Why surfers are futurists at heart
When did you first consider becoming a professional surfer?
It was around the age of 12. I fell head over heels in love with surfing when I tried it for the first time, although I was actually too young to really understand what was going on. When you first feel the salt on your skin, feel the excitement, the challenging nature of the ocean, you realise: this is more than a sport—it's a lifestyle. I started competing when I was 13 and won my first trophy pretty quickly. I thought to myself: this is the greatest feeling ever! I want to completely commit to this lifestyle. I want to be the very best in the world and go from there.
Were there any female role models back then that you could look to for guidance?
There were definitely some women who were very successful as professional surfers. And although I didn’t pay much attention to the competitive world at the time, the marketing spin around them just made me want to surf. I wanted to be part of a girl gang—not just lie in the sun and watch the boys, but get out in the water myself and do my thing.
Whose style do you admire?
Lisa Anderson has always been an idol of mine because she mixed the competitive vibe with such a beautiful style. By the way: I would say about some of the best male surfers in the world that they surf with a touch of femininity. There's such a grace in their movements, a feminine touch. And that's what positively sets them apart from the other, more aggressive male surfers. So women don't have to hide at all with their way of surfing—quite the opposite.
You have now won seven world championships. How do you stay ambitious after all these successes?
Of course, I could win another 20 such titles and still never feel: Now I rule the ocean, thanks and bye. There are still so many challenges waiting out there! And there are so many other incredible female surfers who tackle massive waves or pull off insane aerial maneuvers. They might be a little less successful than me in general terms, but they're still stronger in certain areas, so I always feel spurred on. There are also a lot of great male surfers who I admire and who give me new ideas. You just keep learning and getting inspired by other people and new experiences. Most surfers say it just keeps you coming back every day because you don’t know what you're going to get that next surf. That's the cool thing about it.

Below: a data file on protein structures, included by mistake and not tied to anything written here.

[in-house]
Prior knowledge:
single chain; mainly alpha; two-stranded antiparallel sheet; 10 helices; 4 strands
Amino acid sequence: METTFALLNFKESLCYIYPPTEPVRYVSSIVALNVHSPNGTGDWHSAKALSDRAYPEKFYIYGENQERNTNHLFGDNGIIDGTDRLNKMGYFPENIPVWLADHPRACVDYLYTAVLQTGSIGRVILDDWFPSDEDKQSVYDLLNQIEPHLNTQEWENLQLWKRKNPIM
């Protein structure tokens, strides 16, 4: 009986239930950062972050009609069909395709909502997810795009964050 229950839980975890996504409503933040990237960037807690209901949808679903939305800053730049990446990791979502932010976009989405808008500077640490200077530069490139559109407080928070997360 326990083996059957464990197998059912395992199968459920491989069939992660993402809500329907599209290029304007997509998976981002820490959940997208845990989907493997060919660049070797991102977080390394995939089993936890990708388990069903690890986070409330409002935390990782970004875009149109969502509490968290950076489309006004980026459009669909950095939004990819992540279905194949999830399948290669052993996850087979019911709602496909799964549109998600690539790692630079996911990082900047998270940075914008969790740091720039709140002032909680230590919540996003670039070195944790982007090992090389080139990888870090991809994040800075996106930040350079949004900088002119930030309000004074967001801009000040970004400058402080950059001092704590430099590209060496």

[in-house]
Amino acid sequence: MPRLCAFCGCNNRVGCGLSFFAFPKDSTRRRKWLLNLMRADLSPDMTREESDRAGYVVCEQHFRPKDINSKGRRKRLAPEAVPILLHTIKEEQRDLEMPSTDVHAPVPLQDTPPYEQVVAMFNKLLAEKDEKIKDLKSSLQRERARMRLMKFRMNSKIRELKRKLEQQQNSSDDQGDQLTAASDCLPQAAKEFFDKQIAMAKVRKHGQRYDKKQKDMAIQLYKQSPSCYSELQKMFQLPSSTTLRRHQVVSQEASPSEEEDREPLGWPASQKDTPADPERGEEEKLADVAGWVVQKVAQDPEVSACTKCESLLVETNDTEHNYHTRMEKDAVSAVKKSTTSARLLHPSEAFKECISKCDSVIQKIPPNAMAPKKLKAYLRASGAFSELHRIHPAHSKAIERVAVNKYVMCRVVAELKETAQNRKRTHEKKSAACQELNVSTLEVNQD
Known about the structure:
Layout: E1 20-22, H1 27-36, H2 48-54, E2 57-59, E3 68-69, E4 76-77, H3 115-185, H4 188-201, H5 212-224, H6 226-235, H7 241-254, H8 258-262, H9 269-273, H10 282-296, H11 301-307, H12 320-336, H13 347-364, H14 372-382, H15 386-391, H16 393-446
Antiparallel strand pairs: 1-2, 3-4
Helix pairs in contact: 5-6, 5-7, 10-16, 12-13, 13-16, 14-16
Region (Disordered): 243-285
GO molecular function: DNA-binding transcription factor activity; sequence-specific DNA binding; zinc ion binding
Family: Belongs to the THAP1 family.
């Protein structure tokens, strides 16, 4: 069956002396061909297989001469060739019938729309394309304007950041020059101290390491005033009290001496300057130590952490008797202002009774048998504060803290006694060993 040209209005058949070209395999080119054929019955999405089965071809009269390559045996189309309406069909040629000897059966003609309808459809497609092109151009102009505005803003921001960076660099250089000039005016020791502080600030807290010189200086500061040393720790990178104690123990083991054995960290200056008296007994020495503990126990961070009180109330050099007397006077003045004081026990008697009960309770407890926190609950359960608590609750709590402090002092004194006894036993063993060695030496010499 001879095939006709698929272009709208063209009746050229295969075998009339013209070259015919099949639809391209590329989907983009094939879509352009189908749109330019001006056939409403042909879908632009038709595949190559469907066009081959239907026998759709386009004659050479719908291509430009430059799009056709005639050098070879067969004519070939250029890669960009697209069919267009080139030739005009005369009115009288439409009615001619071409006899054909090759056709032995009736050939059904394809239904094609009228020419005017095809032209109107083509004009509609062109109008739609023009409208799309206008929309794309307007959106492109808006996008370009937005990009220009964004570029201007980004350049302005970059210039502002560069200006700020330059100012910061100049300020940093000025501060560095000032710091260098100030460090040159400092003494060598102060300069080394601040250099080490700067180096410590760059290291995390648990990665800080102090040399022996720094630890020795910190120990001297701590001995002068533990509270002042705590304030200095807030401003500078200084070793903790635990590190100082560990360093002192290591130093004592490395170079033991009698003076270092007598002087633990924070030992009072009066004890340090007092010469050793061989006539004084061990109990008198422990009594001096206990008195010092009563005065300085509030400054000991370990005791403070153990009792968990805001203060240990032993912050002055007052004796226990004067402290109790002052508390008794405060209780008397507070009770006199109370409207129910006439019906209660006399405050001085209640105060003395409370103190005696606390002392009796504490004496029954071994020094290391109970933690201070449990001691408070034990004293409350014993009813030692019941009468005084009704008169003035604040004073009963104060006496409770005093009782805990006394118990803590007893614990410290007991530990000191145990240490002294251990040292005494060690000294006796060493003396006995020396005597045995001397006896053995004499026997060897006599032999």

What does the perfect wave look like?
It's funny: in wave pools, with artificial wave technology, they've pretty much created the perfect wave and it almost became boring. When you're in the ocean, the most enjoyable part, I think, is the anticipation. You cross a sand dune towards the sea. What are you going to see? The waves are good, but as you paddle towards the surf, you miss one. Will the next one be just as beautiful? So much anticipation, so much excitement! It's not about finding perfection - it's about searching for perfection.
You just keep learning and getting inspired by other people and new experiences”
You’re an advocate for ocean health. Can you tell us more about that?
I feel it is our duty as surfers to help educate others. Because we experience the damage more directly than people who have no connection to the ocean, or at least think they don’t. We see a lot of trash out there. We try to make people understand that even if you are not near an ocean, your daily choices affect it. No matter where exactly you carelessly throw plastic away, chances are that it will end up in the ocean at some point.
What constitutes a sustainable lifestyle for you? What is your advice to others?
We should all consume more consciously and buy quality products that have a long life span and can be recycled or reused. If you don’t need something anymore, pass it on. Buy from companies that care about sustainability by, for example, using recyclable materials in their packaging or working on ways to make their own products more sustainable. Just be aware of what you are buying and using. For example, lately I've been looking around my bathroom: Shampoo, conditioners, facial cleansers... all in plastic bottles. I thought to myself: that's not cool. So, for my personal use, I found some great little companies that make shampoo and conditioner soap bars that are just wrapped in a little piece of paper. When you use them up, there’s almost nothing left behind.
Apart from environmental awareness, what else do you think surfers can teach us?
I think surfers are almost futurists in the way they approach their lives. They are doing something that makes them feel really alive, that makes them happy, rejuvenated and connected to the earth in a way that would be healthy for society as a whole. Also, surfers have this constant mission to discover new things, to challenge themselves, to search for adventures... It’s an admirable quality. And being on an endless quest can definitely make you very happy.